Unconscious Bias Is Examined Though The Lens Of Race And Gender In New #DontFilterFeelings Podcast – Ahead Of Special Hollyoaks Episode

Category: News Release

In the latest Don’t Filter Feelings Podcast episode, Hollyoaks cast members Richard Blackwood (Felix Westwood), Andrea Ali (Celeste Deveraux) and writer Karla Marie Sweet (Get Even, Leaving and founder of Dead Good Theatre) talk openly with broadcaster and host Yinka Bokini (Capital Xtra, Damilola: The Boy Next Door, C4) about the effect unconscious racial bias has had on their lives.

Richard and Andrea discuss how this personal experience goes toward informing the way they portray their characters in the show, and likewise Karla discusses how her lived experience feeds into and shapes her creative choices as one of the show’s writers.

This Don’t Filter Feelings podcast episode is designed as a companion piece to a special Hollyoaks episode set to air on April 14th (E4) and April 15th (C4). It captures an entire day from the perspective of Martine - played by Kelle Bryan - the Black matriarch of the Deveraux family, as she faces a serious health issue after finding a breast lump.

In the same 24 hours her love-rival Grace – Tamara Wall – also needs medical attention. As we follow the experiences of the two women that day, Martine’s struggles as a Black woman filter through in a range of encounters - highlighting microaggressions towards her as we see Grace’s alternative experience from a White woman’s shoes.

The episode was directed by Edem Kelman (Princess).

Podcast host Yinka, describes her own experiences, saying: “If you react to every single minor aggression you will spend your day arguing and you won’t get anything done and it becomes part and parcel of life and I think that’s why this series of episodes is so good because it shows just how exhausting it is to go through the world when at every turn…there is something that reminds you that you are Other.’

Andrea Ali – who plays Martine’s daughter Celeste tells the Podcast: ‘It was done in a way which was so raw and literally so accurate….I think it will cause people to stop and look at themselves, to look at the environments they’ve been in …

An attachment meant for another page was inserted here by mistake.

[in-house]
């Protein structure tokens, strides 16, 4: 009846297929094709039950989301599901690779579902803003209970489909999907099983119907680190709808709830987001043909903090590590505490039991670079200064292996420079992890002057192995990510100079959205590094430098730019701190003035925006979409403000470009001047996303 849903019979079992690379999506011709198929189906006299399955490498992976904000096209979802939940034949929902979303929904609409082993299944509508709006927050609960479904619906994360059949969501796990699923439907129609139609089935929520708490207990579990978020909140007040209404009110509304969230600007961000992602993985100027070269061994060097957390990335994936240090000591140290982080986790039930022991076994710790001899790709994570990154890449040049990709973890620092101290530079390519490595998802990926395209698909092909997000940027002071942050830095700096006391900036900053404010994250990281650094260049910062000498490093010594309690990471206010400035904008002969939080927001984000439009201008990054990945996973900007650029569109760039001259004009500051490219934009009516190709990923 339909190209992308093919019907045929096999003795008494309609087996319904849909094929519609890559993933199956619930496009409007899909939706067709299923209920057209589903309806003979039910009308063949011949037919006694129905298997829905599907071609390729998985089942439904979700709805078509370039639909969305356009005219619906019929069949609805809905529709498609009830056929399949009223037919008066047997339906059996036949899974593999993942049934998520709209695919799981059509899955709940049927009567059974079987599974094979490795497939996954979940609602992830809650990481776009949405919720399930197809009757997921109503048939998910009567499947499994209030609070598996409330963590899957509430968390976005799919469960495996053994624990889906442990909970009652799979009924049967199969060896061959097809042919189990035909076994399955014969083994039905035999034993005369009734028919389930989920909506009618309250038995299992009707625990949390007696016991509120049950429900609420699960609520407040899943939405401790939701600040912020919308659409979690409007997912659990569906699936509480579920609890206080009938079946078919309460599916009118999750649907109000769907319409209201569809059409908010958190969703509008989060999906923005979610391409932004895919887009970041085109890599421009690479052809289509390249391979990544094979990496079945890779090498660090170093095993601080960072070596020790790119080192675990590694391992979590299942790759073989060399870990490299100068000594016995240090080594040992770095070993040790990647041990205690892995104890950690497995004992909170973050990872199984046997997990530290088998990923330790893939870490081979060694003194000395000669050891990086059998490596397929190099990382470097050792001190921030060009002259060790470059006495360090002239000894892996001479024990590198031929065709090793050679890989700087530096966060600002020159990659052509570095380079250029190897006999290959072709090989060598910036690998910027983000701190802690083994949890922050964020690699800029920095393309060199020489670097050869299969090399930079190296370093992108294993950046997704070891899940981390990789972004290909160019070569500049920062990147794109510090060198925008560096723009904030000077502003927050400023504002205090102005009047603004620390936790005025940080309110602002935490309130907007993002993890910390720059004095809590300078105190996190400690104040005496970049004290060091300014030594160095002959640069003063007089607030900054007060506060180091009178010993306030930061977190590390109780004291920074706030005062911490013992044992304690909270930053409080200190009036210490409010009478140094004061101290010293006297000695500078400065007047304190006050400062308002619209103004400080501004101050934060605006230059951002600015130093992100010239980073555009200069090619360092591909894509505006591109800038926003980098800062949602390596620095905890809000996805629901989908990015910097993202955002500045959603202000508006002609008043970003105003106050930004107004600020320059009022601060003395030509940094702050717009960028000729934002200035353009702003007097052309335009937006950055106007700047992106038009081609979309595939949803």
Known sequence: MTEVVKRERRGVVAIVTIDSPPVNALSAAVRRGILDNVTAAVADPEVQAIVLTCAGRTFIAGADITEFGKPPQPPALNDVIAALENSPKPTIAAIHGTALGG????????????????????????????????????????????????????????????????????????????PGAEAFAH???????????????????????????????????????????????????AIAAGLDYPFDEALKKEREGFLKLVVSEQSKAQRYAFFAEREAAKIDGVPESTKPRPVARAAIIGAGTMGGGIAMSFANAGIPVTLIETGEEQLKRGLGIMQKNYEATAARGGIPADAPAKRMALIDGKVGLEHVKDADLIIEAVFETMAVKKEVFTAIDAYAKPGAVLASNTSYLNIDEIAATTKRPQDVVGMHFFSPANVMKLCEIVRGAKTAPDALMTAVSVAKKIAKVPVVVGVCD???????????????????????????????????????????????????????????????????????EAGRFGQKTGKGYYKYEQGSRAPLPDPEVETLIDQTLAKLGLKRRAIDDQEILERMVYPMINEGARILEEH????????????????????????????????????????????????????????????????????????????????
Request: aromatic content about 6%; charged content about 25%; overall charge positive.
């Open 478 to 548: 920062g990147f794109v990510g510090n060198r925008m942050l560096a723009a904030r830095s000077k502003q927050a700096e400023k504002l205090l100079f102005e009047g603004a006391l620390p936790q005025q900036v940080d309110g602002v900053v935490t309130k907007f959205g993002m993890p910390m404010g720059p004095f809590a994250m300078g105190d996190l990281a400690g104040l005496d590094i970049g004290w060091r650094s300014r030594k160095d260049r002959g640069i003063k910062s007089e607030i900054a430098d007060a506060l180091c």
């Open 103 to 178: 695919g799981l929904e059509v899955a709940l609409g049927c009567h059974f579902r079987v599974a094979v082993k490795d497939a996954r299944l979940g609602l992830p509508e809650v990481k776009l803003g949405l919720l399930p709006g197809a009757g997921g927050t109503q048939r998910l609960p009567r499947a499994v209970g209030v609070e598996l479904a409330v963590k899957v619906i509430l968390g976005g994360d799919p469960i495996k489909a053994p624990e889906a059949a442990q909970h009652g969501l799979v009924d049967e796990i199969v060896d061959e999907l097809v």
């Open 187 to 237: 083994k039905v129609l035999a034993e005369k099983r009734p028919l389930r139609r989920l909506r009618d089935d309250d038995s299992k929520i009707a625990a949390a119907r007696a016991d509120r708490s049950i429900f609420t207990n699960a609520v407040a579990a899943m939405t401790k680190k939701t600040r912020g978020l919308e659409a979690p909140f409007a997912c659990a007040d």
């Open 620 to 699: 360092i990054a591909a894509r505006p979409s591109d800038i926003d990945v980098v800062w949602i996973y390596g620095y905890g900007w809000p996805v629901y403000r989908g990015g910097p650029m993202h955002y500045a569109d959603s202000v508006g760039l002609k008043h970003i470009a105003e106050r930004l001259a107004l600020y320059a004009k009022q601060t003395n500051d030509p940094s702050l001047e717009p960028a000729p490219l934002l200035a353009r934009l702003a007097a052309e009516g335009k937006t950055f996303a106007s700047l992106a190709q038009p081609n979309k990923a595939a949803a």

“I think people go….’it’s either racist or it’s not. But then there’s a space that sits between which are the microaggressions, which are the experiences of Black people as a whole feel.

‘It was articulated so well that you have no choice to look at that and go…I have to now think about whether or not ‘I’ have ever been in a situation where I have been unconsciously-biased towards someone because its highlighted so blatantly in these episodes. And it’s so powerful.’

Referring to a scene in which Martine is accused of being ‘aggressive’ in her tone, writer Karla, tells the Podcast:  ‘There are all these stereotypes that are ingrained in our culture, that so many of us, particularly as Black women, who feel a lot of the time that we can’t speak up about things….and so we are constantly having to check ourselves and having to prove ourselves and that is the day to day reality. And so the reason we have this episode, taking Martine through her day – is to send that message home.’

The episode begins with Martine waking up feeling anxious about her hospital appointment, leading to her being late for an interview and suffering a series of humiliating microaggressions from strangers she meets along the way. It also examines her ex-husband Felix’s differing reaction to Martine and Grace’s health concerns.

Later at the hospital, where stressed nurse Peri Lomax (Ruby O’Donnell) is struggling with her shift and trying to hide her inexperience from Misbah Maalik (Harvey Virdi), yet another hurtful incident occurs, leading into episodes that delve further into exploring unconscious bias through the lens of race and gender.

Richard Blackwood – whose character Felix is torn between his ex Martine and new flame Grace, revealed that filming the episodes brought a new perspective as a Black man.

He says:It’s really weird because of all of those micros (aggressions) that were shown, I’ve been through, but in the previous ten years it wasn’t micro it was just in your face. So it’s nice that Karla could teach me the new way that people are showing their racism.

But one of the things that did stand out to me was I’m guilty of calling Black women ‘strong Black queens’ and I always use it as a term of endearment – because a strong part of me knows that struggles of a Black woman, vicariously through my mum and sister and family - but when Kelle’s character says ‘why do I always have to be that character?’….when I watched it back it made me go ‘wow’. I’ve never stopped to think what that pressure might feel like.

'Because what I am essentially saying is that you are not allowed to show vulnerability. You are not allowed to say a situation has hurt or troubled you because it doesn’t adhere to being a strong Black woman…I never thought that as a Black man I was already contributing to the pressures that a Black woman, or woman of colour was having to face.’

Speaking of her hopes for engagement in the issue Andrea adds:When this comes out on screen, I thought, is there going to be a backlash, [will people think] is this…Black people being upset about nothing. But we need to change that discussion…’